is New York City’s first and only co-sheltering program that provides victims with the option of bringing their pets into shelter.

Domestic violence affects pets, not just people

As many as 48% of domestic violence victims stay in abusive situations because they don’t want to leave their pet behind. Very few domestic violence shelters in the U.S. provide co-sheltering options for victims and their pets, forcing them to abandon their pets to enter shelter or remain in an unsafe environment and risk further abuse.

We believe pets are cherished members of the family

Nearly 68% of American families own a pet and the human-animal bond is important to well-being, especially in time of distress. Many abuse victims refuse to leave their pets behind when fleeing dangerous situations including domestic violence.

With only 3% domestic violence shelters in the U.S. providing co-living options for survivors and their pets, individuals are often forced to make the nearly impossible choice of abandoning their pets to enter shelter, or remaining in an unsafe environment and risking further abuse.

Pets are the hidden victim of domestic violence

Trauma doesn’t discriminate against species and pets experience domestic violence in similar ways to people. Pets are often used as leverage to further threaten, harm, or control victims. In some cases may intervene, leading them to become a direct target of an abuser.

Escaping domestic violence along with your pet is not only for their protection. Studies show that the presence of pets is important for the well-being of people who are sick or under stress, and can promote healing. Other research suggests that pets can help reduce blood pressure and fatigue in people, and can increase the presence of feel-good hormones that create feelings of calm.

How we help

PALS (People and Animals Living Safely) was established in 2013 to provide co-living options for families and their pets.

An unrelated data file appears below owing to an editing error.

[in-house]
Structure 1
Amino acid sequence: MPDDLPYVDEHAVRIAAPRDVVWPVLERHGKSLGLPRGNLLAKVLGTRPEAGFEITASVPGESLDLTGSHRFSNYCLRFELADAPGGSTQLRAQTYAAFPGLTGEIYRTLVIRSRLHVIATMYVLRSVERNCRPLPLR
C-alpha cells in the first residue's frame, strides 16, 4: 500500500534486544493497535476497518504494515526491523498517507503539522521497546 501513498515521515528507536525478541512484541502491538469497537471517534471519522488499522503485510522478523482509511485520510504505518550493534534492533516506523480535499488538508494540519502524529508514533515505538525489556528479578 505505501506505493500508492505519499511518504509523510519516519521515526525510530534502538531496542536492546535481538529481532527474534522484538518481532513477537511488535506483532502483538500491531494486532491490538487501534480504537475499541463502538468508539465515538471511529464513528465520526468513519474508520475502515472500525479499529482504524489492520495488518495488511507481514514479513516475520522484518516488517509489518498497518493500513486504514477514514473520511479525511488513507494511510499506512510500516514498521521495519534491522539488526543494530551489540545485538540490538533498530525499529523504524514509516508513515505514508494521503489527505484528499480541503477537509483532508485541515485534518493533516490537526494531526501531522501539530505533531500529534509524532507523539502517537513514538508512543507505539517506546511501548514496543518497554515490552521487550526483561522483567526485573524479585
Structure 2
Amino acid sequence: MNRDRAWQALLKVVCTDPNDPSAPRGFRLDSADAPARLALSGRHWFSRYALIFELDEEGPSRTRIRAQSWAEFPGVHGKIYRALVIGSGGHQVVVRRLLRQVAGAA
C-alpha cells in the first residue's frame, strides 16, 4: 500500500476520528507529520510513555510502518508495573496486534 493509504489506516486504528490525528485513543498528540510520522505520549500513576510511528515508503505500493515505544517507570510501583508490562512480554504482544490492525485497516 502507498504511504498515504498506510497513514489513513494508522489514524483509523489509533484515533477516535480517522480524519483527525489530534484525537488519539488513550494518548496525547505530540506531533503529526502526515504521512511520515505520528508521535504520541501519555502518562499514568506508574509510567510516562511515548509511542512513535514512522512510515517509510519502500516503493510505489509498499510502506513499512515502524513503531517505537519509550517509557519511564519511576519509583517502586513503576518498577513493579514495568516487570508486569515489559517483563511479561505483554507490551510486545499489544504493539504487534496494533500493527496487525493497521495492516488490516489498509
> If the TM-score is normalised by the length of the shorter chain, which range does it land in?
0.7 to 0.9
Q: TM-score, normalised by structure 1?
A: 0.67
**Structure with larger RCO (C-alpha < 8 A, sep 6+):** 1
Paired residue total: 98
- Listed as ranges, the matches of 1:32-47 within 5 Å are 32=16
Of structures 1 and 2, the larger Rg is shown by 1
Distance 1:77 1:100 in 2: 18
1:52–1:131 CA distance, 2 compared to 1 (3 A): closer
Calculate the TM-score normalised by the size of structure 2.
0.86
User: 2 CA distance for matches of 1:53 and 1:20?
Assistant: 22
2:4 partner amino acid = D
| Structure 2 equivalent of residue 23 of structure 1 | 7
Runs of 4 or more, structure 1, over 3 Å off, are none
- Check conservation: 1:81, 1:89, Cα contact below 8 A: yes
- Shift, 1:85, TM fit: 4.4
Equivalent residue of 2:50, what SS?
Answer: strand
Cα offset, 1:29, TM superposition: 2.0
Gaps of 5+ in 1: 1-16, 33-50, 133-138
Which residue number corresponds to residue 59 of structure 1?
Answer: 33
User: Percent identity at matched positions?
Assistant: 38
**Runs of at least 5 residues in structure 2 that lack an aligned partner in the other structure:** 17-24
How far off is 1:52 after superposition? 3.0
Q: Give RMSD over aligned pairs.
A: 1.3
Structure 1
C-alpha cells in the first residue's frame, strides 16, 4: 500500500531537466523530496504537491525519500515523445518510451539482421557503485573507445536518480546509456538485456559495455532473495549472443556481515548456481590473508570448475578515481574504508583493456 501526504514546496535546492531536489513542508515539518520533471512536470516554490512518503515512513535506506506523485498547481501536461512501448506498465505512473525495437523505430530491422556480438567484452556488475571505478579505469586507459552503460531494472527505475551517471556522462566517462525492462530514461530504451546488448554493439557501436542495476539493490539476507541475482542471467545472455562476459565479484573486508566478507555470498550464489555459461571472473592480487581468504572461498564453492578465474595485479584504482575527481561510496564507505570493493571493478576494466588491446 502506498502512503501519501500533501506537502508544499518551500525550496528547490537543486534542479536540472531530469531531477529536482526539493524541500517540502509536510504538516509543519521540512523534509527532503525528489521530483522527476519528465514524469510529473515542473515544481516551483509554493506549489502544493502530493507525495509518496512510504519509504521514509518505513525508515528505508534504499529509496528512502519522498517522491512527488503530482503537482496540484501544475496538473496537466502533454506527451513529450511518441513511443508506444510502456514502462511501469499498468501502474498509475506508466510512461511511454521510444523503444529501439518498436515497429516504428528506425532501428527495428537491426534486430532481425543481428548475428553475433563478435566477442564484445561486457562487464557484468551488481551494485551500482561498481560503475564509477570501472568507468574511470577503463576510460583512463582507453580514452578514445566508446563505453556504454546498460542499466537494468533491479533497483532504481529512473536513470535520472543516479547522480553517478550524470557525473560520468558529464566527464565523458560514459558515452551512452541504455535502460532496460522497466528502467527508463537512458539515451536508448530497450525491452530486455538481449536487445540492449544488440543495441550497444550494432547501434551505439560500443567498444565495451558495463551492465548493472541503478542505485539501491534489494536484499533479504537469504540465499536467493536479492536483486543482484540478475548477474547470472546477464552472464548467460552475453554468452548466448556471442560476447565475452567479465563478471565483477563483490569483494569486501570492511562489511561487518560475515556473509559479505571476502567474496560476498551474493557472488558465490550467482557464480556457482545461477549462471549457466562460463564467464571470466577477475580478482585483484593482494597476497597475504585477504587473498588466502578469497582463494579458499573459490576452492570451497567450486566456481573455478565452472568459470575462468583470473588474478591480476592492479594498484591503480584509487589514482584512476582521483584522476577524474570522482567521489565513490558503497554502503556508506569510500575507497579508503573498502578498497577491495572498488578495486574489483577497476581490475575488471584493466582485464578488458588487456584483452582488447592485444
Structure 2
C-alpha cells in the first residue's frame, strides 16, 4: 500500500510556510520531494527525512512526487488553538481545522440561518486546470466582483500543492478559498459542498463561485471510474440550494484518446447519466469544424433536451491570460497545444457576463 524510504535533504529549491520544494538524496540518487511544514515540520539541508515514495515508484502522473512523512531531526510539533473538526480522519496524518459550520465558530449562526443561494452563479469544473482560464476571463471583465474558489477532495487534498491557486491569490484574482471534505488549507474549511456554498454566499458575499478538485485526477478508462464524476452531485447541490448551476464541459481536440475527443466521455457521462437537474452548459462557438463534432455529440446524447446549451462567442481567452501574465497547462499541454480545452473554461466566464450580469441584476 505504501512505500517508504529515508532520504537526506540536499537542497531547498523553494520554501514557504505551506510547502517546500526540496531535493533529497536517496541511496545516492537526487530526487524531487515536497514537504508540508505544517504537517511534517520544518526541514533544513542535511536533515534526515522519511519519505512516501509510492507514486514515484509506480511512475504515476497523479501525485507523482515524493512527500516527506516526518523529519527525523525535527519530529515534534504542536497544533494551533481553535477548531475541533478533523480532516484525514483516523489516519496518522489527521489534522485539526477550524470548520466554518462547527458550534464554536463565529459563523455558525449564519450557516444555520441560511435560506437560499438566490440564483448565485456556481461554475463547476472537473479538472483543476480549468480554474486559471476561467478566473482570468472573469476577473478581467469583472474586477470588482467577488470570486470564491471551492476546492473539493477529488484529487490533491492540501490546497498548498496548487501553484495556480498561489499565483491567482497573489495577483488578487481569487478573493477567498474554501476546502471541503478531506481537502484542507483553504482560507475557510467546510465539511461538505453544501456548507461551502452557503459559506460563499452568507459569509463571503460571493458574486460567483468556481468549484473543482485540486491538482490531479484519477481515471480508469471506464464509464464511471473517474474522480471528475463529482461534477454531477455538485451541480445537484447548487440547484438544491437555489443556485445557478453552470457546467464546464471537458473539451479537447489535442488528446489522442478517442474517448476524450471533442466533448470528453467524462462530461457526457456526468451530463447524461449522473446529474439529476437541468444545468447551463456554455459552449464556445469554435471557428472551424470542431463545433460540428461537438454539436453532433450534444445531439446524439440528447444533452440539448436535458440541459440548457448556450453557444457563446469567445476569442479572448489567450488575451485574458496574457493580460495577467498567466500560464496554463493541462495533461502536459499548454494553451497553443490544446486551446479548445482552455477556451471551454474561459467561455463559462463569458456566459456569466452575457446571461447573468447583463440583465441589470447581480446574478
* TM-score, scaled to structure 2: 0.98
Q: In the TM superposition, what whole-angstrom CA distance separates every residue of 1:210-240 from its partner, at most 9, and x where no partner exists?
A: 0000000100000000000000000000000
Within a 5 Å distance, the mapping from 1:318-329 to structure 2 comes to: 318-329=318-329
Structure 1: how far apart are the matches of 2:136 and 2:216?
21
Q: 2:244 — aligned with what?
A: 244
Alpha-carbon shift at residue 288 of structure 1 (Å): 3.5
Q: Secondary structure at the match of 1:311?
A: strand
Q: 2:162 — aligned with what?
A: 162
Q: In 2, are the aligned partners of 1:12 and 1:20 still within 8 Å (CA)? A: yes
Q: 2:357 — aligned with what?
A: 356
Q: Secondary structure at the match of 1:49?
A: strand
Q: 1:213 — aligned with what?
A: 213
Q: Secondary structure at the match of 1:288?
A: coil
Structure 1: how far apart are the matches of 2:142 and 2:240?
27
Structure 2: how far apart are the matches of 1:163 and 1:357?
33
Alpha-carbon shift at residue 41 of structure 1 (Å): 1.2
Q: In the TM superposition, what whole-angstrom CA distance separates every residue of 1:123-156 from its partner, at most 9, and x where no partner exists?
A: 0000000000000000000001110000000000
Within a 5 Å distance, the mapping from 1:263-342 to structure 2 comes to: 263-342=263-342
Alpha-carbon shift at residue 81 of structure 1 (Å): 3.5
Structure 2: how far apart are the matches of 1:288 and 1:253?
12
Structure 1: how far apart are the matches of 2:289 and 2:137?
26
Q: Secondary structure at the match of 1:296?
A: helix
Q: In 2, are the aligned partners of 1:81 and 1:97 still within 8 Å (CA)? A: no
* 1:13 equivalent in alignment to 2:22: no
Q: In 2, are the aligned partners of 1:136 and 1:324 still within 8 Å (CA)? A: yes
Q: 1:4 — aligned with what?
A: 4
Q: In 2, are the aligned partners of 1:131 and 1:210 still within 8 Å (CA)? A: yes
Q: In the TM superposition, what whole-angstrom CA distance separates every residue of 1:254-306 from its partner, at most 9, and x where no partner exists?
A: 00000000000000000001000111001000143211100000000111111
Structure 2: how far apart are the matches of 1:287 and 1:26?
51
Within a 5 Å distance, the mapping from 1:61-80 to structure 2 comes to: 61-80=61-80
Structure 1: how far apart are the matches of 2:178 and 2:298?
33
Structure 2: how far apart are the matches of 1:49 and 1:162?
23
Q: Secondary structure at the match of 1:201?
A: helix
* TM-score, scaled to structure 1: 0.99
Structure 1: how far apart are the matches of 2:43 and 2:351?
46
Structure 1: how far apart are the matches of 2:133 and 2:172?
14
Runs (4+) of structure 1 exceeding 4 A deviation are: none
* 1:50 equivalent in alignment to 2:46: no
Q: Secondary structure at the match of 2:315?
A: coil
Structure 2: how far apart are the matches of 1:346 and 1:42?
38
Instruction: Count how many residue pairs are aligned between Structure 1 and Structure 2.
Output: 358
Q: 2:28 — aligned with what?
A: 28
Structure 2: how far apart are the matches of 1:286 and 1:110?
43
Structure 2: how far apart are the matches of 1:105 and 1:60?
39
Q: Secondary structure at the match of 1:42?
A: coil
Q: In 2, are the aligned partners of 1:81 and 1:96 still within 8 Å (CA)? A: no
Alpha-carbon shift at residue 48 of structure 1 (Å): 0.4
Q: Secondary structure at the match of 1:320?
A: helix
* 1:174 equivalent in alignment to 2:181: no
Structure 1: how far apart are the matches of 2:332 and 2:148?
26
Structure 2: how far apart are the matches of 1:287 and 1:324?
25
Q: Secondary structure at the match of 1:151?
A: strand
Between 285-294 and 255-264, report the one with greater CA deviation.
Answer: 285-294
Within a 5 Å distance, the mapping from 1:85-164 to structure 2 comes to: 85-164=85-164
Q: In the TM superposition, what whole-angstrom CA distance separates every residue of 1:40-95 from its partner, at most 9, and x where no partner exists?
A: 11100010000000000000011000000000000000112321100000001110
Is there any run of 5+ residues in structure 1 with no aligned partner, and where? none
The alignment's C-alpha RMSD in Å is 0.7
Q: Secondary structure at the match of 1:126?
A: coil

As the first program of its kind in New York City and a pioneer in the nation, PALS brings comfort and joy to families and individuals seeking refuge at URI shelters by keeping families and their pets together. We currently offer 172 apartments across five residences that allow families and pets to live and heal together in the same apartment.

To date, we've sheltered:

133 families & 183 pets

89 Cats

70 Dogs

10 Turtles

4 Fish

4 Birds

2 Guinea Pigs

2 Hamsters

1 Rabbit

1 Bearded Dragon

For more information on PALS

Contact Now
Introduced in 2019, PALS Place is the first domestic violence shelter in the nation in which every apartment unit is made for co-living, sheltering pets alongside their families in the same apartment unit.

PALS Place not only welcomes pets but was actually conceived and designed with the welfare of pets in mind based on guidance provided by animal behaviorists. Experts shared information and provided advice to make the stay for pets and their families as pleasant, safe, and fun as possible. Behaviorists provided insights on construction materials, furniture, paint colors, and window treatments that make the space welcoming, calming, and safe for each pet.

PALS Safety Tips

Know the signs and develop a safety plan


Pet-care plan: Identify in advance friends or family members who can help care for your pet(s).


Animal ownership documents: Keep registration records, vet records, a microchip, and/or a current photo to prove ownership of your pets.


Legal protection: Include pets on orders of protection. Give a copy of any legal documents to a trusted friend or family member.


Safety supplies: Pack an emergency bag and keep it hidden, but easily accessible. Make sure to include food, supplies, and records for pets in the emergency bag.

Thank you to our funders and supporters

The Margaret Whitton Charitable Trust

A Kinder World Foundation

Bruce G. Geary Foundation

Norma Green Foundation

Help families in crisis and donate to PALS

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